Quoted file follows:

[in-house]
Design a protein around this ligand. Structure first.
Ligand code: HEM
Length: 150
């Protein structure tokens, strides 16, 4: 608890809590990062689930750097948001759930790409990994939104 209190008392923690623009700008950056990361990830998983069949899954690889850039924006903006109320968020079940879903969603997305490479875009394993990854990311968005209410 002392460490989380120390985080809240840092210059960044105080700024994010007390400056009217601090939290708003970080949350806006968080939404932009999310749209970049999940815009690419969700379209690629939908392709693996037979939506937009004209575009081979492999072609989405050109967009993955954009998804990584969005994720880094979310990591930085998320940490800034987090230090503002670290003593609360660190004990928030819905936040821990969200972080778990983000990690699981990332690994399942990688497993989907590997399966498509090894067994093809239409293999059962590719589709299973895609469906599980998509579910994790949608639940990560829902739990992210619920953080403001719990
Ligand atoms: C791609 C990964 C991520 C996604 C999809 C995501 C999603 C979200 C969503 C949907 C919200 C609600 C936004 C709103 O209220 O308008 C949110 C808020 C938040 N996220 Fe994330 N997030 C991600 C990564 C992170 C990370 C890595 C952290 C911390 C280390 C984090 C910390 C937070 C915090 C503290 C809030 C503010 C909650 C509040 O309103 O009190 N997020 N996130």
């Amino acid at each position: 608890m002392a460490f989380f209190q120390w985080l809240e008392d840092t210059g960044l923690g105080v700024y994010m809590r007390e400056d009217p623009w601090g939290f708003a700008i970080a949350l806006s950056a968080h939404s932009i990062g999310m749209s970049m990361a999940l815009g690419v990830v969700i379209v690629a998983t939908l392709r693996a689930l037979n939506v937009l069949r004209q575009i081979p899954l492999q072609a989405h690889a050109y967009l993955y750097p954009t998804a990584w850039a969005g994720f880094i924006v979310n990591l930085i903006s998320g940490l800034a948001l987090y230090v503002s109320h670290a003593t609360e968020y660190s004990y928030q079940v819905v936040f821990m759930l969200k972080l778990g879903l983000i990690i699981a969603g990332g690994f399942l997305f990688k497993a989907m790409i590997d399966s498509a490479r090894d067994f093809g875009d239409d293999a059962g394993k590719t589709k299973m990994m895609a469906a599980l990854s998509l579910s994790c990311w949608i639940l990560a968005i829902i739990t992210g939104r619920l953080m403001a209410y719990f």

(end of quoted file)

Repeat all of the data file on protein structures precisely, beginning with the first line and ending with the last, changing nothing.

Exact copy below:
[in-house]
Design a protein around this ligand. Structure first.
Ligand code: HEM
Length: 150
């Protein structure tokens, strides 16, 4: 608890809590990062689930750097948001759930790409990994939104 209190008392923690623009700008950056990361990830998983069949899954690889850039924006903006109320968020079940879903969603997305490479875009394993990854990311968005209410 002392460490989380120390985080809240840092210059960044105080700024994010007390400056009217601090939290708003970080949350806006968080939404932009999310749209970049999940815009690419969700379209690629939908392709693996037979939506937009004209575009081979492999072609989405050109967009993955954009998804990584969005994720880094979310990591930085998320940490800034987090230090503002670290003593609360660190004990928030819905936040821990969200972080778990983000990690699981990332690994399942990688497993989907590997399966498509090894067994093809239409293999059962590719589709299973895609469906599980998509579910994790949608639940990560829902739990992210619920953080403001719990
Ligand atoms: C791609 C990964 C991520 C996604 C999809 C995501 C999603 C979200 C969503 C949907 C919200 C609600 C936004 C709103 O209220 O308008 C949110 C808020 C938040 N996220 Fe994330 N997030 C991600 C990564 C992170 C990370 C890595 C952290 C911390 C280390 C984090 C910390 C937070 C915090 C503290 C809030 C503010 C909650 C509040 O309103 O009190 N997020 N996130």
């Amino acid at each position: 608890m002392a460490f989380f209190q120390w985080l809240e008392d840092t210059g960044l923690g105080v700024y994010m809590r007390e400056d009217p623009w601090g939290f708003a700008i970080a949350l806006s950056a968080h939404s932009i990062g999310m749209s970049m990361a999940l815009g690419v990830v969700i379209v690629a998983t939908l392709r693996a689930l037979n939506v937009l069949r004209q575009i081979p899954l492999q072609a989405h690889a050109y967009l993955y750097p954009t998804a990584w850039a969005g994720f880094i924006v979310n990591l930085i903006s998320g940490l800034a948001l987090y230090v503002s109320h670290a003593t609360e968020y660190s004990y928030q079940v819905v936040f821990m759930l969200k972080l778990g879903l983000i990690i699981a969603g990332g690994f399942l997305f990688k497993a989907m790409i590997d399966s498509a490479r090894d067994f093809g875009d239409d293999a059962g394993k590719t589709k299973m990994m895609a469906a599980l990854s998509l579910s994790c990311w949608i639940l990560a968005i829902i739990t992210g939104r619920l953080m403001a209410y719990f």